There are a few old sayings that I really like: “It’s not what you eat, but what eats you” and “Laughter is the best medicine”. Quite literally, our mental state and how we feel affects our physical health and wellbeing.
Research shows that day-to-day choices can make a big difference to how we feel. The level of happiness from one person to the next is thought to be due to which daily behaviours and activities we choose. Happiness researcher Sonja Lyubomirsky says: “For weight loss or fitness, we need to make long-term changes of diet and exercise…..it’s the same with happiness”.
Mindfulness expert Doctor Russ Harris says that the heightened sense of awareness that develops when you cultivate mindfulness does not come naturally; you really need to practise it regularly.
Recommended behaviours that bring about life satisfaction and feeling good:
- Focus on the ‘here and now’. Being ‘fully present in the moment’ for routine daily tasks, like domestic chores or driving to work, is one of the key skills linked to happiness.
- Offer kindness towards others inside and outside your social circle. Regular volunteer work boosts not just your wellbeing, but your immunity against illness as well.
- Nurture relationships with family and friends; plan ahead to spend time with them.
- Appreciate the good things in life. To help develop the feeling of gratitude, write down three good things that happen to you each day. Looking for new sources of gratitude strengthens this skill.
- Practise being optimistic when thinking about the future.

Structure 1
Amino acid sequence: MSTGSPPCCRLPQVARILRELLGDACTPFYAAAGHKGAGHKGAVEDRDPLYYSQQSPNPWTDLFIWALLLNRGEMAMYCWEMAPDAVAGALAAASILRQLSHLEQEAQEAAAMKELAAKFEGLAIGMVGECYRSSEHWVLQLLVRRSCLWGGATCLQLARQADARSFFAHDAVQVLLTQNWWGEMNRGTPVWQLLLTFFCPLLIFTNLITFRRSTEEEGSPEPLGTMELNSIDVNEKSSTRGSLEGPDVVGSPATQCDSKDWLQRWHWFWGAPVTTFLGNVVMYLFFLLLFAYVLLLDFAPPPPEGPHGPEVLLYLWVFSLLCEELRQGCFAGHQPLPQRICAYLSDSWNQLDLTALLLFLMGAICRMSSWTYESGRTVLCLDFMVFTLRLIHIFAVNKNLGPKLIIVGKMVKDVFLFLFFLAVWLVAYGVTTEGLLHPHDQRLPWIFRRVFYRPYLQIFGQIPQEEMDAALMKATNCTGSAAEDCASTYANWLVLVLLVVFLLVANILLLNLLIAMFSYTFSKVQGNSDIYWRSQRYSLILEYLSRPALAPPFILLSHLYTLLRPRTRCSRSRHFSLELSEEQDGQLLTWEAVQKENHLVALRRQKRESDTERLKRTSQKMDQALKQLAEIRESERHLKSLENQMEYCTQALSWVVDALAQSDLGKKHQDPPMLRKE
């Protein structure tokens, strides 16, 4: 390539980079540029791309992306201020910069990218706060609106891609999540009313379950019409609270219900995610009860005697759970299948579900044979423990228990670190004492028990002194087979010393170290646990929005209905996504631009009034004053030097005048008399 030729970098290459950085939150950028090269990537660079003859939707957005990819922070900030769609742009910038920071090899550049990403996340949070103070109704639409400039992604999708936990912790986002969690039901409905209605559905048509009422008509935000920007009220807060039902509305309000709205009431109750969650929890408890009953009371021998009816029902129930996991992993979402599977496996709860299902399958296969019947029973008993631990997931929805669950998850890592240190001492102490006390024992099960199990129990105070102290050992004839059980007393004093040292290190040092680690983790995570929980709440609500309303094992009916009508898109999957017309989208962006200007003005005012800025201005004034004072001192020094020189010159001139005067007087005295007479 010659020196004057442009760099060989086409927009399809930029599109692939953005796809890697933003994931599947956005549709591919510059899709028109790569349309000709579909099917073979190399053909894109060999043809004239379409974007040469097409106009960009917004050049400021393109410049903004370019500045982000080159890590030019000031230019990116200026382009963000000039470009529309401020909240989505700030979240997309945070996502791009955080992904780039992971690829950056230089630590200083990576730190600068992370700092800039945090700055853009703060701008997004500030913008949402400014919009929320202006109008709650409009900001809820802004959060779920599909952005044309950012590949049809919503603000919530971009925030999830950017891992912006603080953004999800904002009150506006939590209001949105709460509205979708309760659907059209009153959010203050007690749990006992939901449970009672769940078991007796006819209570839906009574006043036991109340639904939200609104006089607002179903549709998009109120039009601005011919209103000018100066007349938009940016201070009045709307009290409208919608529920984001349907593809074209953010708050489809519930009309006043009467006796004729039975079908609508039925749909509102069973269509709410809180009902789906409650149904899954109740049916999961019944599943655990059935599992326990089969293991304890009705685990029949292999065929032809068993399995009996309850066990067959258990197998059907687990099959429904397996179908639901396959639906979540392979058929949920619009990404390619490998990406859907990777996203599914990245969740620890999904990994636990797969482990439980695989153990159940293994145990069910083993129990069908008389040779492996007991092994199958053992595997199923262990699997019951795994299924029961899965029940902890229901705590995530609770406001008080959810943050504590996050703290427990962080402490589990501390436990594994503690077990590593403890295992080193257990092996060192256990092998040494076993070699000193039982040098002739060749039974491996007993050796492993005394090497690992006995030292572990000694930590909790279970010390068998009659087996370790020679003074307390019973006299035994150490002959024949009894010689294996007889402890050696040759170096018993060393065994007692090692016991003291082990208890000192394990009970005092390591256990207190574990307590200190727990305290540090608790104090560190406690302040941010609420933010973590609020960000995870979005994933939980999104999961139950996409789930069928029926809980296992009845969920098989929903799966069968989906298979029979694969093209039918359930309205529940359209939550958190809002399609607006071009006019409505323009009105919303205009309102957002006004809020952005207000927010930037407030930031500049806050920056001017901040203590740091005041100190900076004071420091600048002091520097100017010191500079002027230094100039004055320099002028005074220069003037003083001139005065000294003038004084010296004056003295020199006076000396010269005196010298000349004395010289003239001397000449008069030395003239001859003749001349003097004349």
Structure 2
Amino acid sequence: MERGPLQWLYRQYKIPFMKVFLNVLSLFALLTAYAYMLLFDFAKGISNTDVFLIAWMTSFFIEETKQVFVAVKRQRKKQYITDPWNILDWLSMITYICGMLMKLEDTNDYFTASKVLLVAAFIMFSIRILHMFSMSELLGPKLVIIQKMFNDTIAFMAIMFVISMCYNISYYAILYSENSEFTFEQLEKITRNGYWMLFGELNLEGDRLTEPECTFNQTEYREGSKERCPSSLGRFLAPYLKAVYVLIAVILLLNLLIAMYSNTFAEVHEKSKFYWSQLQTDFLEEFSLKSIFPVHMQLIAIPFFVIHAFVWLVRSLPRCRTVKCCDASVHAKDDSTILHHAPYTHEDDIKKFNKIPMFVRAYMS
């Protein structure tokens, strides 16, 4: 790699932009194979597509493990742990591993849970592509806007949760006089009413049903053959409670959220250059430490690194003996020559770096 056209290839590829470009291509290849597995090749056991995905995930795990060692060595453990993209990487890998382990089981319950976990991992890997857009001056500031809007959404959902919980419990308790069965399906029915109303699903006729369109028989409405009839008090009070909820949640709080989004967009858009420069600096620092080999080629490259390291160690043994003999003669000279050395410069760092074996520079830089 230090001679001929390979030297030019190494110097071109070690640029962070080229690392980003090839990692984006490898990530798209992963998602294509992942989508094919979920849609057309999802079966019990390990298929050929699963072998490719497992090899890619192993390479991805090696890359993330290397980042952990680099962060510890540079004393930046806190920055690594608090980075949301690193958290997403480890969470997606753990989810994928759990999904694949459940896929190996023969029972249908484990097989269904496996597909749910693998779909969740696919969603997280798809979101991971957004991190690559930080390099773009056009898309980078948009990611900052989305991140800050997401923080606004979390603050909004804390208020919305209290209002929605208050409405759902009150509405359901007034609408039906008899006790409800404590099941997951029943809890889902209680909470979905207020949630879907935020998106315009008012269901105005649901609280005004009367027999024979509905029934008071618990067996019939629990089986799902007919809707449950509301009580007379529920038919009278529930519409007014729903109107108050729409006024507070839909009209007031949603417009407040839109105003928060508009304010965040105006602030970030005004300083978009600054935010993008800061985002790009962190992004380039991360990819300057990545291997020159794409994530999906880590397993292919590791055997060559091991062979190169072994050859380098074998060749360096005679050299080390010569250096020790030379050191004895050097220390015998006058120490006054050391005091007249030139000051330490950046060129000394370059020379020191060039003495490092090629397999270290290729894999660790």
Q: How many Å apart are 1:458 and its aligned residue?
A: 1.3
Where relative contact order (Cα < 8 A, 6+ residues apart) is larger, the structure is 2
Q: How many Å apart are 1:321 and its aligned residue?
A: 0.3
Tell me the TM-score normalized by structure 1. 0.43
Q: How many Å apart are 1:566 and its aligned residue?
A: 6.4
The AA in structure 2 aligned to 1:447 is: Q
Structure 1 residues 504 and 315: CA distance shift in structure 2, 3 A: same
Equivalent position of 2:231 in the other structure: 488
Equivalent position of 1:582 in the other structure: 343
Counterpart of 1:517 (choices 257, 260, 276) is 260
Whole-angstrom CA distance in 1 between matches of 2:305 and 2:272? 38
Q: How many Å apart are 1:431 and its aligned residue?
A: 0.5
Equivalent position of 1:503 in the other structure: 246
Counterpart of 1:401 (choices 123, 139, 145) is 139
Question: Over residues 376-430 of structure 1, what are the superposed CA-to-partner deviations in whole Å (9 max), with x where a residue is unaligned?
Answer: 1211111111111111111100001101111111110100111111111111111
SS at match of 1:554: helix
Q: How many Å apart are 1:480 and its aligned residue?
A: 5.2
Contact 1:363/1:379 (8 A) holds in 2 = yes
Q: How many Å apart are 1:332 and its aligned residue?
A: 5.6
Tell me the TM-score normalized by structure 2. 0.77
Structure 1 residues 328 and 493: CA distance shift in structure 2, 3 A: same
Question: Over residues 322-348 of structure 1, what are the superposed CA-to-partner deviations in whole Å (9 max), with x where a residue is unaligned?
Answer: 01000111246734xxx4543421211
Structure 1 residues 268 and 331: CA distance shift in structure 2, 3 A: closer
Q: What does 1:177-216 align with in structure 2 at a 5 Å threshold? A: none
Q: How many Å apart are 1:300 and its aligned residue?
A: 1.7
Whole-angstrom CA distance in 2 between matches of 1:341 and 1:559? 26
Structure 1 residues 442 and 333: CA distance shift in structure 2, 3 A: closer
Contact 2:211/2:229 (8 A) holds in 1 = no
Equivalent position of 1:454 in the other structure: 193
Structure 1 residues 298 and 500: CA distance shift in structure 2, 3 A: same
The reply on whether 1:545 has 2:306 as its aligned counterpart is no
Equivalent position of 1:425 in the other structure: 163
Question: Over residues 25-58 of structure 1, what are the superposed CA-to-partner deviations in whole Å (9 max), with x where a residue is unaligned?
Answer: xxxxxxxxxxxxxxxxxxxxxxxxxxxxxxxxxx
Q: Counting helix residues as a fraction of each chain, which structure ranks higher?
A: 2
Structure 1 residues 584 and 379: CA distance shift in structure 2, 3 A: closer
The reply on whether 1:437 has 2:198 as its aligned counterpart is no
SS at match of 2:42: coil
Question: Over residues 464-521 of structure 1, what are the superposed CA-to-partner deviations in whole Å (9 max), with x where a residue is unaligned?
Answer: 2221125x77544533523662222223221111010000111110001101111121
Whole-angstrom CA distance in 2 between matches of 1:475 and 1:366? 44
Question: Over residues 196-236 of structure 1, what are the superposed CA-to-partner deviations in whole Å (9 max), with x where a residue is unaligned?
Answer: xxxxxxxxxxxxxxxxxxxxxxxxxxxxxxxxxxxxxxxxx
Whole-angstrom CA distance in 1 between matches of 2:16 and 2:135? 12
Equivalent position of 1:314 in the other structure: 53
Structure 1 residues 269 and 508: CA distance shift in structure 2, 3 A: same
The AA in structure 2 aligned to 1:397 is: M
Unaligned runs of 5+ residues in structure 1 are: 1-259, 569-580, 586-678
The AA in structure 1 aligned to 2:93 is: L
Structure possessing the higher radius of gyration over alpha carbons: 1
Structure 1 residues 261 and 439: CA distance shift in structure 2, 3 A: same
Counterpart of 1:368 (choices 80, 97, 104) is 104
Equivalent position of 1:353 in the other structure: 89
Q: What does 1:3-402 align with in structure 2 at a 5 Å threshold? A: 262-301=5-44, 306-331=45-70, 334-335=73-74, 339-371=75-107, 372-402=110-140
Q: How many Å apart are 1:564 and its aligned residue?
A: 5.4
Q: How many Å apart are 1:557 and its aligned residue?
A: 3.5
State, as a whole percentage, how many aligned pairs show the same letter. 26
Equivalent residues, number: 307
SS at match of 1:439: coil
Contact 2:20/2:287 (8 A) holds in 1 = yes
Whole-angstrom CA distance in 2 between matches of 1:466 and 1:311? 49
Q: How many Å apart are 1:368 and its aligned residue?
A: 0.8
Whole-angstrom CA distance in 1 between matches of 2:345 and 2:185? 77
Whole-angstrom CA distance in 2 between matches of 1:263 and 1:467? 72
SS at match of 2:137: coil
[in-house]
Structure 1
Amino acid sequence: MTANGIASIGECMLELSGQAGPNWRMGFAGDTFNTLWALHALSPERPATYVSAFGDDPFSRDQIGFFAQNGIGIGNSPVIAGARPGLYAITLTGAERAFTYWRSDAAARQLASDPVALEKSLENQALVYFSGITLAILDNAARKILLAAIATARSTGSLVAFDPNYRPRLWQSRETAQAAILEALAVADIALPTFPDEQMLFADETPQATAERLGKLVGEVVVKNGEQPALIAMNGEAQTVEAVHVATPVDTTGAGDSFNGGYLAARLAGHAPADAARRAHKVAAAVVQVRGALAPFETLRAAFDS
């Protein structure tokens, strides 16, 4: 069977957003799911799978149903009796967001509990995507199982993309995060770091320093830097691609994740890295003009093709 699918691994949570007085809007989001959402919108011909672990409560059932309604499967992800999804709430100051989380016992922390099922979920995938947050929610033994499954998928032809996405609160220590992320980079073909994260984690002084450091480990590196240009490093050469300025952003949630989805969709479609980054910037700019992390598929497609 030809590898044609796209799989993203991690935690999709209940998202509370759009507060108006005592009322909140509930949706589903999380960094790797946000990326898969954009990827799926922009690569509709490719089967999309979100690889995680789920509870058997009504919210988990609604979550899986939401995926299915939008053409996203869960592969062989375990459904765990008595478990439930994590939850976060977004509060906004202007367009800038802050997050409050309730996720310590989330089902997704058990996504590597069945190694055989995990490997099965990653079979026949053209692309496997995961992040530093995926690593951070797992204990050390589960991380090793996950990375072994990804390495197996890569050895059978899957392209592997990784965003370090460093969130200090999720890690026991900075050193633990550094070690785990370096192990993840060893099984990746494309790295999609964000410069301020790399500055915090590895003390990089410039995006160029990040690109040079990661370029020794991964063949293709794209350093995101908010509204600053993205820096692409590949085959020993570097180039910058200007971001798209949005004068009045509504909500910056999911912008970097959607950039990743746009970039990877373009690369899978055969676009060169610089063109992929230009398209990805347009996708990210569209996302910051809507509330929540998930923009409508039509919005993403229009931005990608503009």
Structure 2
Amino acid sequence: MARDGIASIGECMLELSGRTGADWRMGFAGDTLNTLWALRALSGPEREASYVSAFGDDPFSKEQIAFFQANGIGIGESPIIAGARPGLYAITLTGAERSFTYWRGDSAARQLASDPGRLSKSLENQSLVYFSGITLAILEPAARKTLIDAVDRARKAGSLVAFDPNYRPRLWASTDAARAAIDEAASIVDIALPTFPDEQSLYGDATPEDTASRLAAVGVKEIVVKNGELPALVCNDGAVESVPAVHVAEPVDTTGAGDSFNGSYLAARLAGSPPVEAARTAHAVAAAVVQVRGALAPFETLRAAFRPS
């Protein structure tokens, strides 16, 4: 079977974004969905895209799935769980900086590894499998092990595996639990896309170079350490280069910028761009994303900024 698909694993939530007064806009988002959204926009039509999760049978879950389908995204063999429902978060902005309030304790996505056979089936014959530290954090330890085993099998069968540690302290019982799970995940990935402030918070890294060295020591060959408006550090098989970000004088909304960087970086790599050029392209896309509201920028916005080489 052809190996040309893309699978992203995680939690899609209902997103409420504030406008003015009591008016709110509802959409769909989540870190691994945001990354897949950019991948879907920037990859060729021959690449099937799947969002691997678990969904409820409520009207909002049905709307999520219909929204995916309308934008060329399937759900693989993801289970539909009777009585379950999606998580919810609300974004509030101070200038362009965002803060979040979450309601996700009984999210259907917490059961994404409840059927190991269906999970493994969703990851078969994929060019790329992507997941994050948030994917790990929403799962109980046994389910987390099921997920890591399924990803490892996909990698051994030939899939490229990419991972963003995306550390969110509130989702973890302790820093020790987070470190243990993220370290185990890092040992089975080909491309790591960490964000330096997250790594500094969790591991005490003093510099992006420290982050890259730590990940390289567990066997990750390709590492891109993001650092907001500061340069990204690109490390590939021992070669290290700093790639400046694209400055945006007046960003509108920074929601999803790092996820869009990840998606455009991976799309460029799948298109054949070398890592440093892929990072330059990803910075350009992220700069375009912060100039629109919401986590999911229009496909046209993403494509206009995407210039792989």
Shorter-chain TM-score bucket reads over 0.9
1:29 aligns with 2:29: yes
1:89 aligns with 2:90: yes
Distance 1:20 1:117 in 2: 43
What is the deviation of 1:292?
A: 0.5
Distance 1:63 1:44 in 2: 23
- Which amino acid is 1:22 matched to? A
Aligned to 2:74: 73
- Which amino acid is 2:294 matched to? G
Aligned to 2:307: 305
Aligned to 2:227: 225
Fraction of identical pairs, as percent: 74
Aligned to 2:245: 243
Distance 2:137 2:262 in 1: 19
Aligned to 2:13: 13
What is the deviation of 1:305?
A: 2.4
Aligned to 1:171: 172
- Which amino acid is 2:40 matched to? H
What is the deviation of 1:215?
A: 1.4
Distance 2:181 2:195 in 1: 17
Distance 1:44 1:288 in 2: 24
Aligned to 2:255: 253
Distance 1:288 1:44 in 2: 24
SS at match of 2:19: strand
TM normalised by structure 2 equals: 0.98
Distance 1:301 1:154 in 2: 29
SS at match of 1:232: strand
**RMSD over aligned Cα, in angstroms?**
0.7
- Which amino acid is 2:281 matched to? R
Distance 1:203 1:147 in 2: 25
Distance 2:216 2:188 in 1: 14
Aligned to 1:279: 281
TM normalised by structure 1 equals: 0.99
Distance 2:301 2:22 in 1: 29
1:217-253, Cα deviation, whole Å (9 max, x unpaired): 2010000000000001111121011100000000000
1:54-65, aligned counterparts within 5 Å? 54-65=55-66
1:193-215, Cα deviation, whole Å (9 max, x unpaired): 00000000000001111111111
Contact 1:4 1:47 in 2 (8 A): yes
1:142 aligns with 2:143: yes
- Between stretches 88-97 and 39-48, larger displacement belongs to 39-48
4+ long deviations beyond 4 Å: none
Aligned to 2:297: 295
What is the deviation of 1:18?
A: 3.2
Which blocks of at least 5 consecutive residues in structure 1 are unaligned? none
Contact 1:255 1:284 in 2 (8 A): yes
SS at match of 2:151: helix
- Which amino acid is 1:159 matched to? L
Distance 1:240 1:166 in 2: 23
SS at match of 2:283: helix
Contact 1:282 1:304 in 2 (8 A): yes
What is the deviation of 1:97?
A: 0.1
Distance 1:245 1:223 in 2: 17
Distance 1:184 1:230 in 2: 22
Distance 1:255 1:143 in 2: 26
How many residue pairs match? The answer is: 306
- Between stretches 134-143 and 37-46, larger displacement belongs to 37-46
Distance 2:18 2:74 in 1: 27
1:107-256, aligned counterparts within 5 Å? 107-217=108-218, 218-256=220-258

- Focus on what you do well rather than your mistakes.
- Learn forgiveness.
- Identify goals that are important to you and actively pursue them.
- Know your character strengths, such as perseverance or playfulness and find ways you can use them often.
If these suggestions feel daunting or unreachable, keep a diary. Studies show that people who keep journals have a greater sense of wellbeing and fewer depressive symptoms. Just writing can strengthen your mind and immune system. The book ‘Writing to Heal’ by Psychologist James Pennebaker helps people to learn from negative experiences.
This one is not for the faint-hearted, but one way to explore values that bring meaning and purpose to your life is to think about your death and write the eulogy you’d like to hear read at your funeral. This confronting technique is powerful because it highlights what really matters to you. See http://makingaustraliahappy.abc.net.au
Maximising your physical health is also critical for your happiness levels. If you’re not getting enough sleep, living on rubbish food and not getting any exercise, it’s unlikely you will feel as happy as you’d like to.
Changing the habits of a lifetime does take a steely resolve though – it takes between seven and eight attempts (that might help you feel better) to cement new habits. It’s simple and easy but at the same time not really that simple or easy – you have to really want change to make it happen.
What I like about these strategies is that anyone with real determination can use these techniques at home, now, and for free.
Have fun practising!